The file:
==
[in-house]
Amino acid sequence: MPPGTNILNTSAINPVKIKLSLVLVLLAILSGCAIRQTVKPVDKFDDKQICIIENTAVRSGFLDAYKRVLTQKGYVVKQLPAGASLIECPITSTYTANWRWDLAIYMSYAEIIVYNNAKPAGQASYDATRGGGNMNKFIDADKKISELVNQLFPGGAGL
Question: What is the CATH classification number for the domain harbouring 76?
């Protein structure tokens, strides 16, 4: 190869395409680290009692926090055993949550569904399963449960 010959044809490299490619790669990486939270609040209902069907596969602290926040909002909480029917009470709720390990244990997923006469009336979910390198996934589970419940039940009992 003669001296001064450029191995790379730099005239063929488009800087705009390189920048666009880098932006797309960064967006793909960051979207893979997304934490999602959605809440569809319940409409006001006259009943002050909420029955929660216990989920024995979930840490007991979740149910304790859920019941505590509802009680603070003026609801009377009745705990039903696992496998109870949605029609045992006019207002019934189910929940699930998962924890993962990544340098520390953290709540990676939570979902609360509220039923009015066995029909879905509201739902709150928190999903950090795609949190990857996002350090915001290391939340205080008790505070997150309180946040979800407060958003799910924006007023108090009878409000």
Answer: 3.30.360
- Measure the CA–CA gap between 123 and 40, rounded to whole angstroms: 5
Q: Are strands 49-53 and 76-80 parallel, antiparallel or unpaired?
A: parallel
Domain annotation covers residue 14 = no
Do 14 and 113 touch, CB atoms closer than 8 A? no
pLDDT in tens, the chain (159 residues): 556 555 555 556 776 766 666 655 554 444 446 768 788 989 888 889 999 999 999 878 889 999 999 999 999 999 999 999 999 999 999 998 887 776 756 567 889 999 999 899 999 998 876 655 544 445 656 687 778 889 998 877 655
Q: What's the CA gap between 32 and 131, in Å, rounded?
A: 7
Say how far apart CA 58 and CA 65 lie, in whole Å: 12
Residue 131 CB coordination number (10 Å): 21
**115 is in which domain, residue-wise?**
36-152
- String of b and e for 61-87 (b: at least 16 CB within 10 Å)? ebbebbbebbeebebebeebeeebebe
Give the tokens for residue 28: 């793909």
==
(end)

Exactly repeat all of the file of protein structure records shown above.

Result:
[in-house]
Amino acid sequence: MPPGTNILNTSAINPVKIKLSLVLVLLAILSGCAIRQTVKPVDKFDDKQICIIENTAVRSGFLDAYKRVLTQKGYVVKQLPAGASLIECPITSTYTANWRWDLAIYMSYAEIIVYNNAKPAGQASYDATRGGGNMNKFIDADKKISELVNQLFPGGAGL
Question: What is the CATH classification number for the domain harbouring 76?
């Protein structure tokens, strides 16, 4: 190869395409680290009692926090055993949550569904399963449960 010959044809490299490619790669990486939270609040209902069907596969602290926040909002909480029917009470709720390990244990997923006469009336979910390198996934589970419940039940009992 003669001296001064450029191995790379730099005239063929488009800087705009390189920048666009880098932006797309960064967006793909960051979207893979997304934490999602959605809440569809319940409409006001006259009943002050909420029955929660216990989920024995979930840490007991979740149910304790859920019941505590509802009680603070003026609801009377009745705990039903696992496998109870949605029609045992006019207002019934189910929940699930998962924890993962990544340098520390953290709540990676939570979902609360509220039923009015066995029909879905509201739902709150928190999903950090795609949190990857996002350090915001290391939340205080008790505070997150309180946040979800407060958003799910924006007023108090009878409000």
Answer: 3.30.360
- Measure the CA–CA gap between 123 and 40, rounded to whole angstroms: 5
Q: Are strands 49-53 and 76-80 parallel, antiparallel or unpaired?
A: parallel
Domain annotation covers residue 14 = no
Do 14 and 113 touch, CB atoms closer than 8 A? no
pLDDT in tens, the chain (159 residues): 556 555 555 556 776 766 666 655 554 444 446 768 788 989 888 889 999 999 999 878 889 999 999 999 999 999 999 999 999 999 999 998 887 776 756 567 889 999 999 899 999 998 876 655 544 445 656 687 778 889 998 877 655
Q: What's the CA gap between 32 and 131, in Å, rounded?
A: 7
Say how far apart CA 58 and CA 65 lie, in whole Å: 12
Residue 131 CB coordination number (10 Å): 21
**115 is in which domain, residue-wise?**
36-152
- String of b and e for 61-87 (b: at least 16 CB within 10 Å)? ebbebbbebbeebebebeebeeebebe
Give the tokens for residue 28: 């793909």